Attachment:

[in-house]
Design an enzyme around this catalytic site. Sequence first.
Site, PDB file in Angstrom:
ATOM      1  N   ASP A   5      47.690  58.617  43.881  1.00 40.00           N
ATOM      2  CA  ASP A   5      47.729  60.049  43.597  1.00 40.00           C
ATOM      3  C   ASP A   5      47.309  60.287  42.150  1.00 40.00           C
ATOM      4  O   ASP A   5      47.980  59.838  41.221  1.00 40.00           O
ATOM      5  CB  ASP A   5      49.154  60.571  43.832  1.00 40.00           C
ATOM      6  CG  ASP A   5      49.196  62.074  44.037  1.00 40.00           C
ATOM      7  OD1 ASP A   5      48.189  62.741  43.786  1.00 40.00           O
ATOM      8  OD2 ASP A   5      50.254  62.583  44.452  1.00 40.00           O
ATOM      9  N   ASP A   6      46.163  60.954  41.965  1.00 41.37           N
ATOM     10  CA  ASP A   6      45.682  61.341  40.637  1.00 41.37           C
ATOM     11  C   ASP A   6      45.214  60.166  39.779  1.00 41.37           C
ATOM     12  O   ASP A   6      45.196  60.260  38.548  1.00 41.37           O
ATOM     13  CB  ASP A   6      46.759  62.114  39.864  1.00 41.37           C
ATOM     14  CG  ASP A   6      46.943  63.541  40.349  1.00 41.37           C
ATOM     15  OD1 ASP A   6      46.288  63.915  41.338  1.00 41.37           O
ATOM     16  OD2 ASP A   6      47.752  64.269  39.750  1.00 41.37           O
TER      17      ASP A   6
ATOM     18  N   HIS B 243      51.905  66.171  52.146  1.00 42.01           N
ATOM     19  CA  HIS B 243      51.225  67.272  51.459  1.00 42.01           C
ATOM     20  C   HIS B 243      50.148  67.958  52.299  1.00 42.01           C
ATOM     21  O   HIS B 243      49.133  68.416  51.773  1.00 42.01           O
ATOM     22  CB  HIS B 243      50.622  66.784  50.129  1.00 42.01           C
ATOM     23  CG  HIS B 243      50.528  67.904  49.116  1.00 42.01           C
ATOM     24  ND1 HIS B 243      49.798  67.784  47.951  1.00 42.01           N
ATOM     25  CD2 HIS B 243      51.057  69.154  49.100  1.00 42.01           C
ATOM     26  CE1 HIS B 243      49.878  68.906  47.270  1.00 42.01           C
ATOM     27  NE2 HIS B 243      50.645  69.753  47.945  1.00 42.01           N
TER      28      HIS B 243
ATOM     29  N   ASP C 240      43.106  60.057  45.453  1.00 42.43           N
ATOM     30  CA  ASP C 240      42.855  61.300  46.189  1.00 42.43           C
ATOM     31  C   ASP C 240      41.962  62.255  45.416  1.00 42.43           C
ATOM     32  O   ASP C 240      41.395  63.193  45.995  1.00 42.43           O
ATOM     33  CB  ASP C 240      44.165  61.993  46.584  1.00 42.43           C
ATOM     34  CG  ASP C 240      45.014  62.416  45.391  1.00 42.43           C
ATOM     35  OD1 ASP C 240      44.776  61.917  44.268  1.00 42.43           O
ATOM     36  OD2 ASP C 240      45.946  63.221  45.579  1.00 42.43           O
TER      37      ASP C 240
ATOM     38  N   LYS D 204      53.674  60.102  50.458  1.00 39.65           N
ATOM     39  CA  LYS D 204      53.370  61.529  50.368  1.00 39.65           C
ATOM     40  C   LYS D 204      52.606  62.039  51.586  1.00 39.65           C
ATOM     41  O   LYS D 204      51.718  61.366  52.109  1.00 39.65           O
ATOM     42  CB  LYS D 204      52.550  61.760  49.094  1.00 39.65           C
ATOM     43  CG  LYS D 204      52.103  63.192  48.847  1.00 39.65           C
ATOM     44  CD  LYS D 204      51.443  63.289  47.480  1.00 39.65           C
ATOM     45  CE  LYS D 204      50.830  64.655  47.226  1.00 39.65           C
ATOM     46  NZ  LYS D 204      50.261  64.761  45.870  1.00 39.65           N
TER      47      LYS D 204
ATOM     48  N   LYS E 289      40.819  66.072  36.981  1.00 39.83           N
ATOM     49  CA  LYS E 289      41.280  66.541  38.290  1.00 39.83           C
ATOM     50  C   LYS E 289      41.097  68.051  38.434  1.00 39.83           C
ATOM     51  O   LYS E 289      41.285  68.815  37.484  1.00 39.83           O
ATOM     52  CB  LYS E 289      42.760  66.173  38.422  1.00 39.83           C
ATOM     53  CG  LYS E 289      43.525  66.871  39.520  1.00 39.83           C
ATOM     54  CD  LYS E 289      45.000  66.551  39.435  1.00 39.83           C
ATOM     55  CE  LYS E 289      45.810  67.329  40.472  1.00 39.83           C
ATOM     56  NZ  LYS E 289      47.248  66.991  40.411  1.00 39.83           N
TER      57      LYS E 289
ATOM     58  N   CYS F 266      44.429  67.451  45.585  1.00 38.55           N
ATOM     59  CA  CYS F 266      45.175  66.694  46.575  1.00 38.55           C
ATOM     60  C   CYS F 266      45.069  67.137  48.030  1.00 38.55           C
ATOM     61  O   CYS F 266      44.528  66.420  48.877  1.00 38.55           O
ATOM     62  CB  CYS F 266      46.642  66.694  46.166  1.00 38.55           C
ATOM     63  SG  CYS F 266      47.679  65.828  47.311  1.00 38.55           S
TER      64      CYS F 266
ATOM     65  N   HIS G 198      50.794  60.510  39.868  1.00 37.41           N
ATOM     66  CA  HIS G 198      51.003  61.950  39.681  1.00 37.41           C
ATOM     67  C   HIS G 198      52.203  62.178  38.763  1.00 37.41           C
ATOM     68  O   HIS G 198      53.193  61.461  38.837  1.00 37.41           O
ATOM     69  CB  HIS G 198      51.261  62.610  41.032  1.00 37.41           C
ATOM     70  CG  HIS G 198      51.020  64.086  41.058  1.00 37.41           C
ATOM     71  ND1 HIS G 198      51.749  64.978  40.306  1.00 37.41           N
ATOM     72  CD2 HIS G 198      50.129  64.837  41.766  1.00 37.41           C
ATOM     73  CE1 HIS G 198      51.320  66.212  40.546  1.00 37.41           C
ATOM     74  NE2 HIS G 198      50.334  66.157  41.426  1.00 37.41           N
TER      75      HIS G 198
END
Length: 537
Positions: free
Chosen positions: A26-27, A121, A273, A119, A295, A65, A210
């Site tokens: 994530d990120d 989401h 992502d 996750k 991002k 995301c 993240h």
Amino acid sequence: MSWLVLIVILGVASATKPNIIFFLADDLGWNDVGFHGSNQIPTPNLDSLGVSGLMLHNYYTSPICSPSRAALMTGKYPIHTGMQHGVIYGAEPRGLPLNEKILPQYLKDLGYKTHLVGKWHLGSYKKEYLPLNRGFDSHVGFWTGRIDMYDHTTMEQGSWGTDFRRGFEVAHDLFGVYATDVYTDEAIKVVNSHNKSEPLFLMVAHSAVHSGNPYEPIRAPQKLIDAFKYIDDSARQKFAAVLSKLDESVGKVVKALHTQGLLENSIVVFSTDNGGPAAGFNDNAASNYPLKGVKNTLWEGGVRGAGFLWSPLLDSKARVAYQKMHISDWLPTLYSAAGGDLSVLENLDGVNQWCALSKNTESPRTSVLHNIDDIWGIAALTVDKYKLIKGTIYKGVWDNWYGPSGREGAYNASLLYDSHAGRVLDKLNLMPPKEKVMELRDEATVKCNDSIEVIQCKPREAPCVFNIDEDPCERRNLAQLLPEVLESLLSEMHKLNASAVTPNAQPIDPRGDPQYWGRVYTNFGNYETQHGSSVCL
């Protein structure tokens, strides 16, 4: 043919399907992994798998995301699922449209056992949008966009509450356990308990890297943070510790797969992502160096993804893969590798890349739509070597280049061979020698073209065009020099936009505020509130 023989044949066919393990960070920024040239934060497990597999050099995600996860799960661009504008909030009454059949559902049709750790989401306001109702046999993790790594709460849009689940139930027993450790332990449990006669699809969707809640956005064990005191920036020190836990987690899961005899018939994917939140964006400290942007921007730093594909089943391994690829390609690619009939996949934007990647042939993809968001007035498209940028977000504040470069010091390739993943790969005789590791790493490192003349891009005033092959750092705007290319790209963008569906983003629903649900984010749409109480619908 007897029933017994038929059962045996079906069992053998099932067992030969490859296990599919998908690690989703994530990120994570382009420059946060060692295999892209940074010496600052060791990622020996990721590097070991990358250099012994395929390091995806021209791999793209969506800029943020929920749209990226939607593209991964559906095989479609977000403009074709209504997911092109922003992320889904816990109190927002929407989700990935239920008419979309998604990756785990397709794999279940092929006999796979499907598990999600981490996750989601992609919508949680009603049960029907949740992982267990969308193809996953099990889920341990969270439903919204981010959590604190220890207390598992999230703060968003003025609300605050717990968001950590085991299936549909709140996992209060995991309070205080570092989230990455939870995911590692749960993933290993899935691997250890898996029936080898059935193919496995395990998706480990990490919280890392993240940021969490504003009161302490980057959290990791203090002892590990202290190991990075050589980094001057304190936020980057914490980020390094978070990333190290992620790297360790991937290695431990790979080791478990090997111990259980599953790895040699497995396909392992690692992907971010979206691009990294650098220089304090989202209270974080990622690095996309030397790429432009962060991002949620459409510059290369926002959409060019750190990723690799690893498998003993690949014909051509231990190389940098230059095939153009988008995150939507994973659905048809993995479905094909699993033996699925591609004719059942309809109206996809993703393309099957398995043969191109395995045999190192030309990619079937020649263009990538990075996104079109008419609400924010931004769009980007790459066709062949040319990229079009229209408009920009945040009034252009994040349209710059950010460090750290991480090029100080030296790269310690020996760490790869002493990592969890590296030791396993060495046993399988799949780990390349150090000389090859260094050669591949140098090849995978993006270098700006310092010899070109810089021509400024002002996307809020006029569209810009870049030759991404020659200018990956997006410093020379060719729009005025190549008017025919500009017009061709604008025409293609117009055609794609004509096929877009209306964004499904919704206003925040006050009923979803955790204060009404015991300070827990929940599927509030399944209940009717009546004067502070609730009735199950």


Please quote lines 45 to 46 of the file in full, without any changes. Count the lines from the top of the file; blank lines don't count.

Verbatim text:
ATOM     42  CB  LYS D 204      52.550  61.760  49.094  1.00 39.65           C
ATOM     43  CG  LYS D 204      52.103  63.192  48.847  1.00 39.65           C